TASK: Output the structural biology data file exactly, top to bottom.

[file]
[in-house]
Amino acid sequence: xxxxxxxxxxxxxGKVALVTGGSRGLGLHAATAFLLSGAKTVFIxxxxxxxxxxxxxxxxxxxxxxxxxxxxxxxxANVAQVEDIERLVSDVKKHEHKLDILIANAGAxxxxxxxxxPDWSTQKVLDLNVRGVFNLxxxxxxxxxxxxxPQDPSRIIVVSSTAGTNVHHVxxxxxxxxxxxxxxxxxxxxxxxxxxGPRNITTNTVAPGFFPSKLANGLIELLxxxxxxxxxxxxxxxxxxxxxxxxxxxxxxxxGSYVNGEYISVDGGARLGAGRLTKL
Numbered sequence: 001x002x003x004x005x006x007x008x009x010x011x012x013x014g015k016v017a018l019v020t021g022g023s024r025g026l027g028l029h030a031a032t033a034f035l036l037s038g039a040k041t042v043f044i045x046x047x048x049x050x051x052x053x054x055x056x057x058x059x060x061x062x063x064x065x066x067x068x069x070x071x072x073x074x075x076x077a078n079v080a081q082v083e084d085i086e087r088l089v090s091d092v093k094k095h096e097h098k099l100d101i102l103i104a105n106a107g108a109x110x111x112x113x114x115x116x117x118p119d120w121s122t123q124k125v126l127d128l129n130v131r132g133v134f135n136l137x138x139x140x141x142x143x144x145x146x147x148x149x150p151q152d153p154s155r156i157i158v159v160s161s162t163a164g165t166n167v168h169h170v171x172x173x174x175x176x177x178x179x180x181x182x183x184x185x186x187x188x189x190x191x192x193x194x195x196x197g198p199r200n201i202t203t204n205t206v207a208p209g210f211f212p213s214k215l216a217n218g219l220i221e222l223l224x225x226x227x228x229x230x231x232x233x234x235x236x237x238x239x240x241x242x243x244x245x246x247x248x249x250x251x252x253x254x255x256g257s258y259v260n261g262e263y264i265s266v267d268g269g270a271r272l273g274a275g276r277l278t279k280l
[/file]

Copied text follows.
[in-house]
Amino acid sequence: xxxxxxxxxxxxxGKVALVTGGSRGLGLHAATAFLLSGAKTVFIxxxxxxxxxxxxxxxxxxxxxxxxxxxxxxxxANVAQVEDIERLVSDVKKHEHKLDILIANAGAxxxxxxxxxPDWSTQKVLDLNVRGVFNLxxxxxxxxxxxxxPQDPSRIIVVSSTAGTNVHHVxxxxxxxxxxxxxxxxxxxxxxxxxxGPRNITTNTVAPGFFPSKLANGLIELLxxxxxxxxxxxxxxxxxxxxxxxxxxxxxxxxGSYVNGEYISVDGGARLGAGRLTKL
Numbered sequence: 001x002x003x004x005x006x007x008x009x010x011x012x013x014g015k016v017a018l019v020t021g022g023s024r025g026l027g028l029h030a031a032t033a034f035l036l037s038g039a040k041t042v043f044i045x046x047x048x049x050x051x052x053x054x055x056x057x058x059x060x061x062x063x064x065x066x067x068x069x070x071x072x073x074x075x076x077a078n079v080a081q082v083e084d085i086e087r088l089v090s091d092v093k094k095h096e097h098k099l100d101i102l103i104a105n106a107g108a109x110x111x112x113x114x115x116x117x118p119d120w121s122t123q124k125v126l127d128l129n130v131r132g133v134f135n136l137x138x139x140x141x142x143x144x145x146x147x148x149x150p151q152d153p154s155r156i157i158v159v160s161s162t163a164g165t166n167v168h169h170v171x172x173x174x175x176x177x178x179x180x181x182x183x184x185x186x187x188x189x190x191x192x193x194x195x196x197g198p199r200n201i202t203t204n205t206v207a208p209g210f211f212p213s214k215l216a217n218g219l220i221e222l223l224x225x226x227x228x229x230x231x232x233x234x235x236x237x238x239x240x241x242x243x244x245x246x247x248x249x250x251x252x253x254x255x256g257s258y259v260n261g262e263y264i265s266v267d268g269g270a271r272l273g274a275g276r277l278t279k280l